There’s a garbage pile that dwarfs, easily, the small hills of Rome — and people live on top of it. Payatas is home to people who live on and from the refuse of the super-metropolis of Manila (population 12 million). Learn more about Payatas.
The Vincentian Fathers, the Daughters of Charity and the Vincent dePaul Society work to shift the possibilities for residents of Payatas. Key in these efforts is Fr. Norberto Carcellar, CM , executive director of Homeless Peopleâ€™s Federation Philippines. The Federation develops community savings and credit programs, purchases land, builds housing and sets up waste disposal and water distribution systems.
Fr Carcellar’s work has led to his being a a finalist for the 2007 Opus prize. At right: a 22 minute video about his work.
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“Entering Payatas is like spiraling into Dante’s Inferno. Before we even get onto the road leading to the garbage dump, we are assaulted by the unbelievable stench. I see young boys cover their faces with their T-shirts, guerilla style.
As we take the winding road down, I see evidence of their resourcefulness — the kids pile up cans in front of us so the tires of our trucks would crush them, making them easier to recycle. The children are all malnourished; eleven-year-olds look half their age. The first girl I meet hides her dirty fingernails as I point out her pretty ring. She found the ring in the garbage heap, and she tells me, once, she even found some money. “Who would throw away money?” she asks me. ”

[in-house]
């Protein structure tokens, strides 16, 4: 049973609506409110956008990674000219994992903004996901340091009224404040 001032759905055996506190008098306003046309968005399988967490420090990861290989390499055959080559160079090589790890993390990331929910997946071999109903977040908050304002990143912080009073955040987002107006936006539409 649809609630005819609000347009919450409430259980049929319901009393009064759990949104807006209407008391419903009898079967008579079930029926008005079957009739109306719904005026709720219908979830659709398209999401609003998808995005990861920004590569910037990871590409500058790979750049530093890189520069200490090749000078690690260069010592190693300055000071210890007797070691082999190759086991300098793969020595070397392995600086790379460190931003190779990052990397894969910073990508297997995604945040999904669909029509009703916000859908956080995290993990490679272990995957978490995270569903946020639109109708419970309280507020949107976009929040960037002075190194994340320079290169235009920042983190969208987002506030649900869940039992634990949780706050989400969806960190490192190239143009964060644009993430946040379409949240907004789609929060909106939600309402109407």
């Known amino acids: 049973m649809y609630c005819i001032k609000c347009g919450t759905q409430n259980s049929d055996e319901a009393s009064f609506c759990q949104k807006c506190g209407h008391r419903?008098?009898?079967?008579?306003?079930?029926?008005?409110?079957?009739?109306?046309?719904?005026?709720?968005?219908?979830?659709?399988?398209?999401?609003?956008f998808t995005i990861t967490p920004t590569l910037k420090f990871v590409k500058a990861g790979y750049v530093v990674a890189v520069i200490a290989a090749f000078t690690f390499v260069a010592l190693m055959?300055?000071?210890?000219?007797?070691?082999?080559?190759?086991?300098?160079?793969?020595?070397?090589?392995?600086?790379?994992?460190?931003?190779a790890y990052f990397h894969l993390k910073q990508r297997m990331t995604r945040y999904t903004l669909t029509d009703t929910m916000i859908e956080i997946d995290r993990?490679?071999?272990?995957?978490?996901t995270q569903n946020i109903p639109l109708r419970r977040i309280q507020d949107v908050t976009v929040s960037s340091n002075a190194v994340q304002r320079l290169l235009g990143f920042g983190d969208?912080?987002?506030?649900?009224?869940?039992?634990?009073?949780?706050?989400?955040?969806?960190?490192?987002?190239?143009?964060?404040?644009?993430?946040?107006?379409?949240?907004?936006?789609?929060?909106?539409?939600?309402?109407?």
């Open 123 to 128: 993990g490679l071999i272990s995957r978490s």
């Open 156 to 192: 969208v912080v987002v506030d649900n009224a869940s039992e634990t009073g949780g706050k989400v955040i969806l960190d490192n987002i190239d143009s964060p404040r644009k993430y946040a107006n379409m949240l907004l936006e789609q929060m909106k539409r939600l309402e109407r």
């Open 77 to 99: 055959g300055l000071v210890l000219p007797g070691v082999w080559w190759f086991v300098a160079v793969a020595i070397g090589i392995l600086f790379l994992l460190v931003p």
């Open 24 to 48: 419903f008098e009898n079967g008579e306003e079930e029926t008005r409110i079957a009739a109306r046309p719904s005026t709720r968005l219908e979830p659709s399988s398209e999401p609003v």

“The Philippines Homeless People’s Federation with 20,000 member families is one of the distinctive and specific projects of the Vincentian Missionaries Social Development Foundation Inc. (VMSDFD). The main purpose of the federation is to help and guide families to save, negotiate secure land, form homeowner associations, identify sites on which they could build and search sources of loans and negotiate with the government with clearly costed proposals (Environment & Urbanization Vol. 13, no. 2, October 2001, p. 73). Way back in 1995, the Vincentians started the program in Payatas for the purpose of encouraging people to save and thus gain the capacity of building their own homes. The Payatas savings project, called Lupang Pangako Savings Association has saved around 15 million pesos for micro-enterprises and is preparing for land acquisition.”
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Tags: Advocacy, Anti-poverty strategies, Featured, Homelessness, Youth